April 2022 has been, to date, THE best hedgehog watching via the garden cameras in all my time blogging! What a very special gardenwatching month this has been. Eleven videos in one blog post does seem a bit excessive but it was really hard knocking footage down to even that! As the hedgehog is a vulnerable to extinction animal here in Britain, I wanted to share a good flavour of it for those who don’t see it. It’s a brilliant garden record too. So what’s been different from previous years of hedgehog visitors?
An occupied hedgehog house, that’s what has! What an absolute delight it has been to see the comings and goings of the male hedgehog which has taken up residence there. Yes, a female would ABSOLUTLEY trumph him, but not likely due to its central location in my garden. This house is very roomy though, cosy too with my very generous stuffing of hay plus the leaves the male in residence has brought in, so that might make it attractive to a hedgehog mum with her babies. However, this male is being a tad territorial so he’ll probably hold on to it as long as he stays in the area.
I’ll not chat on too much to allow you time to view your pick from the videos below. They are pretty short apart from the two minute one where the house resident finds another hedgehog at the feeding station before he gets there. April has been quite a dry month here in Perthshire, Scotland although it has ended with rain today. As I type this at 9:22pm, with the camera IR views up on my monitor, our resident hedgehog hasn’t appeared. Haha he must know that I’m taking about him. Rain won’t stop him going out on his travels though, I’ve seen hedgehogs appear in the enclosed feeding station in some truly awful nights. Enjoy this flavour of hedgehogs visiting and staying over in a garden. I really do hope you get to see them too.
Watching the behaviour of our resident hedgehog has been just brilliant. He’s had routines like taking in leaves every time he went out or came in. He’s not seen doing that now, he must have enough for now. He always goes straight across to the feeding station when he leaves the house in the evenings and before he returns from his travels. Sometimes he’s home about 3am, sleeps an hour and then goes across to the feeding station and then has a small wander. It’s been such a huge delight and privilege to be seeing part of the life of a wild hedgehog.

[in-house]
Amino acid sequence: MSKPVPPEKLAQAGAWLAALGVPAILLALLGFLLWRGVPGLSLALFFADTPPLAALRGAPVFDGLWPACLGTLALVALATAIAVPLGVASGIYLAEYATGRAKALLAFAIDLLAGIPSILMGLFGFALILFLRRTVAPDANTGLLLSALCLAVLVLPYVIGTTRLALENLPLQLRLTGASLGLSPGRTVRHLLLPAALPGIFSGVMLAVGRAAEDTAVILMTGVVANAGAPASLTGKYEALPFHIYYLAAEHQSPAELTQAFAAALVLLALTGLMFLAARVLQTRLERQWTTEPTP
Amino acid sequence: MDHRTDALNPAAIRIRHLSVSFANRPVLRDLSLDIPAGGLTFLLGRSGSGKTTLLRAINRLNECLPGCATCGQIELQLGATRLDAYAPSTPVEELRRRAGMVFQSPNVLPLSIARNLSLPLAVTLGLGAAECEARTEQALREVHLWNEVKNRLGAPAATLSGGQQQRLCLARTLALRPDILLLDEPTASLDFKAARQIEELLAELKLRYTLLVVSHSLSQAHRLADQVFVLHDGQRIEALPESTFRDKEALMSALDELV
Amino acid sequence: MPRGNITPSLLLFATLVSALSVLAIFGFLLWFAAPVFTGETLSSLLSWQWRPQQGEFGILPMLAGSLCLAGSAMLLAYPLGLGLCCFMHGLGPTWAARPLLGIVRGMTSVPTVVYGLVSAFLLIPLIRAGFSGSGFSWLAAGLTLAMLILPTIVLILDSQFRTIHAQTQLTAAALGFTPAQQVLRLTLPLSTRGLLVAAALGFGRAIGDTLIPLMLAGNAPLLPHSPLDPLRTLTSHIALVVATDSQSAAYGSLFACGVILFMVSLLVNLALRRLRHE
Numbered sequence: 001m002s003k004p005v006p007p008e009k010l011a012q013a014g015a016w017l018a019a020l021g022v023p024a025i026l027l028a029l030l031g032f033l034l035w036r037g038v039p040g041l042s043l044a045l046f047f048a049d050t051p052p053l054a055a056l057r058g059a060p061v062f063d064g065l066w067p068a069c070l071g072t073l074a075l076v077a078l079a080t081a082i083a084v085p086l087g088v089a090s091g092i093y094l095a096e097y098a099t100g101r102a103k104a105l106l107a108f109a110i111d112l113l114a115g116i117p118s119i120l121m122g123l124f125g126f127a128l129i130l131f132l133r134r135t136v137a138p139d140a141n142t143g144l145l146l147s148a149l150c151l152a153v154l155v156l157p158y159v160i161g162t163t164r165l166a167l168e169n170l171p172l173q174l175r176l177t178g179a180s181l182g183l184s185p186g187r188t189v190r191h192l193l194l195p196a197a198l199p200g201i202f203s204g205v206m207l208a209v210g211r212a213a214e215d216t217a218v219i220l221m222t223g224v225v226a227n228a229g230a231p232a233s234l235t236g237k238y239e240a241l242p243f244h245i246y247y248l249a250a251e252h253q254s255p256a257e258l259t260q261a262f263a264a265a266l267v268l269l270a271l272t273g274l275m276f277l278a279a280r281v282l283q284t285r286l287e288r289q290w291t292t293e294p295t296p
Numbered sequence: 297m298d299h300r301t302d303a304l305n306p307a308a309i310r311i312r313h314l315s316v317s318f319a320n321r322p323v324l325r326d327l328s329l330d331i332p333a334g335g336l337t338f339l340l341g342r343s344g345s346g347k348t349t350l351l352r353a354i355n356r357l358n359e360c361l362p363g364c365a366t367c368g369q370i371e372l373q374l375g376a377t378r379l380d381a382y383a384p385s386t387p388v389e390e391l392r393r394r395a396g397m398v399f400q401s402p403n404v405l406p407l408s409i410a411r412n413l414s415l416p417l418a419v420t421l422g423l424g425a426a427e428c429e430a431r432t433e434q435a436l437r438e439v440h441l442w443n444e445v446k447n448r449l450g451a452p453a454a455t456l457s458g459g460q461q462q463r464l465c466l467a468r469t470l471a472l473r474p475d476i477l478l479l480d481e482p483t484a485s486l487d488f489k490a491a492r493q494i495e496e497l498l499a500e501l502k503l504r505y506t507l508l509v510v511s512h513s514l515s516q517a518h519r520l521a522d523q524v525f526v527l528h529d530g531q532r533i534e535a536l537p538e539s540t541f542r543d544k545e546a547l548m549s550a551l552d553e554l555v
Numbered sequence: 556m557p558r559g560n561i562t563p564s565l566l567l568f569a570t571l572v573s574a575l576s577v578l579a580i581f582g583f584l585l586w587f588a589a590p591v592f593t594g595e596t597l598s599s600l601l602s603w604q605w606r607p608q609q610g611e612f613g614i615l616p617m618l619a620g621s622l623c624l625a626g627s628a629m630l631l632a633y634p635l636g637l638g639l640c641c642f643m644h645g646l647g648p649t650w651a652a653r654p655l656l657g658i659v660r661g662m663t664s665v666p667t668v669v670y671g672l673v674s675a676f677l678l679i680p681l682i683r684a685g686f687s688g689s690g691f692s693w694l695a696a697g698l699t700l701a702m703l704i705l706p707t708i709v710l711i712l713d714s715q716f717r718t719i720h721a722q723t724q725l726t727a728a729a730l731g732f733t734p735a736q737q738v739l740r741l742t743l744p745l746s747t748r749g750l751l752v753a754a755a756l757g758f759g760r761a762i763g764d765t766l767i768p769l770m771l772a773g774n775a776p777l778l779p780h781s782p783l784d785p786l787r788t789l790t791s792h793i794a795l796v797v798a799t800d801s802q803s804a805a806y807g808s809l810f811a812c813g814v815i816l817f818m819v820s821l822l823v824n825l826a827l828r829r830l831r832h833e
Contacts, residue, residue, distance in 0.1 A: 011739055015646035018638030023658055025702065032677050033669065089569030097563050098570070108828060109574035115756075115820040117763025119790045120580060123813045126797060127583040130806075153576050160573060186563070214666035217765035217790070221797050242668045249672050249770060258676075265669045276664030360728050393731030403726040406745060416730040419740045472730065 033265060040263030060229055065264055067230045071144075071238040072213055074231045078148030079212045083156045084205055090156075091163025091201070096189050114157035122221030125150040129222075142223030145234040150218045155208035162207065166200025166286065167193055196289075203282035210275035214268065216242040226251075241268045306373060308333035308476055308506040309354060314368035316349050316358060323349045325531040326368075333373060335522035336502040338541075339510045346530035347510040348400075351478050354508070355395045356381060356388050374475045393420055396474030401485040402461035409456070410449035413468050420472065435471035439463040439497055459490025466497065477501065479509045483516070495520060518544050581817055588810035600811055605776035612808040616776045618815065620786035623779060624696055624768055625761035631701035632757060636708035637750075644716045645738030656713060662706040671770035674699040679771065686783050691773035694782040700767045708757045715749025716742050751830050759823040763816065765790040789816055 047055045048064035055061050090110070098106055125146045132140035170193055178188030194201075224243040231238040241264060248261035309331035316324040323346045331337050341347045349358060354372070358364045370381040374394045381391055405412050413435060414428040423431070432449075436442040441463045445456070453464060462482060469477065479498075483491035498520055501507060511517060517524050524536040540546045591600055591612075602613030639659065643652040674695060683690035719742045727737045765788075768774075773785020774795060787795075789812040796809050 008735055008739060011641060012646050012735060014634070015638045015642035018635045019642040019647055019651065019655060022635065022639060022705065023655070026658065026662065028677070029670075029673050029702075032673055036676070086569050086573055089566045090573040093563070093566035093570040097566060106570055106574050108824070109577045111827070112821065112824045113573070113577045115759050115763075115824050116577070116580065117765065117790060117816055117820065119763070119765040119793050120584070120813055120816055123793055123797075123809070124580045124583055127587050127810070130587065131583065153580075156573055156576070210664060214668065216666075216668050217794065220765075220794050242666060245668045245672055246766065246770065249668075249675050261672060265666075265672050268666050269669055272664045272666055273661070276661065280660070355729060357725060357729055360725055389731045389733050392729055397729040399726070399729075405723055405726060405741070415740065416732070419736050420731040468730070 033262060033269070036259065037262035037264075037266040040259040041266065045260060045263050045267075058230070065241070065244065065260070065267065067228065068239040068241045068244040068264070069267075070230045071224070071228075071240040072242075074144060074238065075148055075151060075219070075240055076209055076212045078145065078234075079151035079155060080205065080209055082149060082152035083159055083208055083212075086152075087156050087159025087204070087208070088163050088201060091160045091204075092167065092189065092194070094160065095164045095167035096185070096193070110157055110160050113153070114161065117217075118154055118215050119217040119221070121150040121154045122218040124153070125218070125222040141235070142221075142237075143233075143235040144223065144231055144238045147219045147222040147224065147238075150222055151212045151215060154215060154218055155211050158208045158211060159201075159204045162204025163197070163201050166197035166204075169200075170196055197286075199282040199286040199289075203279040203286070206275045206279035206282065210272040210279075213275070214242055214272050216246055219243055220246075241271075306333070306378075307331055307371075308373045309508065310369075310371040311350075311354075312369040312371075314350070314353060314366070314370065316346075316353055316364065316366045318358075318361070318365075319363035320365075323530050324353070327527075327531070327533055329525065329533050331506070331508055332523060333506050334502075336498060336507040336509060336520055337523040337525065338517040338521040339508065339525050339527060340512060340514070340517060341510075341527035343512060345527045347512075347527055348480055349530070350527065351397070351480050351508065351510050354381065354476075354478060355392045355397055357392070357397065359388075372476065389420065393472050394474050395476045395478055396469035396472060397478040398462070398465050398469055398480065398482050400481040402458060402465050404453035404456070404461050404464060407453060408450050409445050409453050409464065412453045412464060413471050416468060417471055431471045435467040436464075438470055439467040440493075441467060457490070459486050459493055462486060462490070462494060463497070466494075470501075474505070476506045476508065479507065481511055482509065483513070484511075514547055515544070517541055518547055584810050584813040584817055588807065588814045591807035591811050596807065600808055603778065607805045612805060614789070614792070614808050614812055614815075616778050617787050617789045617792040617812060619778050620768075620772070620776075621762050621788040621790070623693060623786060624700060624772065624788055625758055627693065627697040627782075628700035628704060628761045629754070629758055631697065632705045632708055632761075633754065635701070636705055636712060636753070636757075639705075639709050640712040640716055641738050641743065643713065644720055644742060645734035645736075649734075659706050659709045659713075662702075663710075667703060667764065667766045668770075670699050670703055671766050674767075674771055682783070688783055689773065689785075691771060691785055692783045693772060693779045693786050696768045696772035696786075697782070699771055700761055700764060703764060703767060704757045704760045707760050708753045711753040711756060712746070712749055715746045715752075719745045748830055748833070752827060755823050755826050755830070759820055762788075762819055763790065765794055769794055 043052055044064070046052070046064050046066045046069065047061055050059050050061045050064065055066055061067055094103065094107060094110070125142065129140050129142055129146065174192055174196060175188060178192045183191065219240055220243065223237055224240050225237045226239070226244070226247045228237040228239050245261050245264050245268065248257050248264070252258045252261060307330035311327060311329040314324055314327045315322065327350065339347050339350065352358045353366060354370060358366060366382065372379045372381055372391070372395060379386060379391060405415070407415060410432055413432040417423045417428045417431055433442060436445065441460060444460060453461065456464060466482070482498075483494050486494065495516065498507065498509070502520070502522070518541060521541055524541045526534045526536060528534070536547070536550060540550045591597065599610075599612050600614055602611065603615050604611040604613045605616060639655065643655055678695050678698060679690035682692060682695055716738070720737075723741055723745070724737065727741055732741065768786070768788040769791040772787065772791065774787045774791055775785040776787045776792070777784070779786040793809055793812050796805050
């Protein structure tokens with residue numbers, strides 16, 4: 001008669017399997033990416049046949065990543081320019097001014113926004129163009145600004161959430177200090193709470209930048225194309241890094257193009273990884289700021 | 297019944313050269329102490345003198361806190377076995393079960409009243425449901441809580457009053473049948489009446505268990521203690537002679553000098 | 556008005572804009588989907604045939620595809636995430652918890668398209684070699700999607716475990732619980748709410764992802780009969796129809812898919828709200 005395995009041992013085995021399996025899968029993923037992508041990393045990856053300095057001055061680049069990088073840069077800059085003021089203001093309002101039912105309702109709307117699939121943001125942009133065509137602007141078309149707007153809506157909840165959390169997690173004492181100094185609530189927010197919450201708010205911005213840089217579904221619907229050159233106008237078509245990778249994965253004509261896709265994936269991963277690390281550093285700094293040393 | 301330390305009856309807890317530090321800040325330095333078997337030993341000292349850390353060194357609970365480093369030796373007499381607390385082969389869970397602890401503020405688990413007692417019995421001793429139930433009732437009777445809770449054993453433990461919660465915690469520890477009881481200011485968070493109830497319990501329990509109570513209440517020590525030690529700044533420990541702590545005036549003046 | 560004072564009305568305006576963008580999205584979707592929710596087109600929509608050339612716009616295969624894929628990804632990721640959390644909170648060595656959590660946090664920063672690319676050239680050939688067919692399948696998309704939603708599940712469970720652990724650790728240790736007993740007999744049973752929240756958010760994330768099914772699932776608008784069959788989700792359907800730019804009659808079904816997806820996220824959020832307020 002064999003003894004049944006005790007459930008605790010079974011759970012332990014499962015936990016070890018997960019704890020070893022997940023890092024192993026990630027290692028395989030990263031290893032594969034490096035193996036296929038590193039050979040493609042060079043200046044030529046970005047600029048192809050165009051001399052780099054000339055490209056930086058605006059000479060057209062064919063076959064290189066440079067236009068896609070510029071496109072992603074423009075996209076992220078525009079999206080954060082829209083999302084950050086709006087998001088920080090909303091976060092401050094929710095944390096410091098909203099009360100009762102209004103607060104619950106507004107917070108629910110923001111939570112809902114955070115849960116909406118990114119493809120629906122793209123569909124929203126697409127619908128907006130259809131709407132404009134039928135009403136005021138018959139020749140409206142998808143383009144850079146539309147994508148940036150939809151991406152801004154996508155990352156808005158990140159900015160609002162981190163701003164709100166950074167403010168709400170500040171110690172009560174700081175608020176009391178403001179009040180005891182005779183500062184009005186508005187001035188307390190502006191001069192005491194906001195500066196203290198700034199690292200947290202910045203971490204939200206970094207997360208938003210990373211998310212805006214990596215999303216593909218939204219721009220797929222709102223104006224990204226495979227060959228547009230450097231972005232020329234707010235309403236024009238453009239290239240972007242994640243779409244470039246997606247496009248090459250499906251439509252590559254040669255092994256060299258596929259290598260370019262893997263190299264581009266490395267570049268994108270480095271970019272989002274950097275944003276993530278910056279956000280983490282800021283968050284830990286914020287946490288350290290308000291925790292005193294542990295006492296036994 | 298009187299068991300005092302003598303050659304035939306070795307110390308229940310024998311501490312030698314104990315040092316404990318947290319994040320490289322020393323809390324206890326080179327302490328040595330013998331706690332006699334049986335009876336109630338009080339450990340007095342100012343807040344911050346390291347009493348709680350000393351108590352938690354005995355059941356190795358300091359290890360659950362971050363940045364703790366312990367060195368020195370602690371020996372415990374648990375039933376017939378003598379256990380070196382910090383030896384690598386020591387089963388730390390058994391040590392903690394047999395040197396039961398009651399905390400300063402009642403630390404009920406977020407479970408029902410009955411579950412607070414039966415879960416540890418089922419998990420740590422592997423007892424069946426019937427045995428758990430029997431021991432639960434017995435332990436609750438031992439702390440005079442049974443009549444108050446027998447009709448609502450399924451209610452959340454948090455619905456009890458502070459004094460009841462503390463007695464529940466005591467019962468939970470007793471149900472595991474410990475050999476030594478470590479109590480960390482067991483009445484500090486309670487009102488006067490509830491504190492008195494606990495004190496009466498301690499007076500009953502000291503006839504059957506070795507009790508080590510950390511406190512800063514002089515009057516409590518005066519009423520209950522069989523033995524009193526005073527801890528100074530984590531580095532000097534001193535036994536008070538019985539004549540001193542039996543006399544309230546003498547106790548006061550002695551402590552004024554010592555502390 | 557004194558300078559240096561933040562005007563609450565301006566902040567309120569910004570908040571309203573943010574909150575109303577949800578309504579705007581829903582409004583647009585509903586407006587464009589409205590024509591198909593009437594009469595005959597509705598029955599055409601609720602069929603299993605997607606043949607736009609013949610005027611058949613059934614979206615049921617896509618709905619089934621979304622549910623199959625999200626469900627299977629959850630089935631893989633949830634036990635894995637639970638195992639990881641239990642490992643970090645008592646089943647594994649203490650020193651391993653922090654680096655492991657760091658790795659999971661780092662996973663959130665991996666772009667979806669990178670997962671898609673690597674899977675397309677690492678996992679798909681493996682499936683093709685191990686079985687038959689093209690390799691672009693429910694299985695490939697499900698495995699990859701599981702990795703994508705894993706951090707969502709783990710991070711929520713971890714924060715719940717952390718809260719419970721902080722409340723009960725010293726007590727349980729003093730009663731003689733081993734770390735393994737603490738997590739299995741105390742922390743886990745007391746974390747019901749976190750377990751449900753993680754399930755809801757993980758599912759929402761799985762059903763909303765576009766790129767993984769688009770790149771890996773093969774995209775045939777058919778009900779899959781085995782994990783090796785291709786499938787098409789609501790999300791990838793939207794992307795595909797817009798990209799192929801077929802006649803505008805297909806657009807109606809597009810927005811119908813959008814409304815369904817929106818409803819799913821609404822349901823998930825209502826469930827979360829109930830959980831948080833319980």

Tomorrow sees us going into May and it’s set to be another brilliant gardenwatching month. Another special one! Yes, fingers crossed we will see continued hedgehog activity. It’s been a full on video editing and uploading day to get this published by the end of the day. A hedgehog has just appeared on queue into the feeding station. I can’t tell from this angle if it’s our resident male but by its size, I think it’s a different one.
So what’s going to be the special gardenwatching for the month of May? Well, after a wait of six years, we’ve got birds nesting in our new(ish) camera nestbox. It’s the first time this box has been used too, which is brilliant! The last nest, which was successful, were coal tit’s back in 2016. Prior to that we had successful great tit’s in 2014. Our only successful breeding blue tits were in 2010. May 1st/2nd have been the dates that first eggs have been laid so we are hopeful that tomorrow morning we are going to see the arrival of our first blue tit egg in 12 years!
This post was published by Shirley for shirls gardenwatch on April 30th, 2022.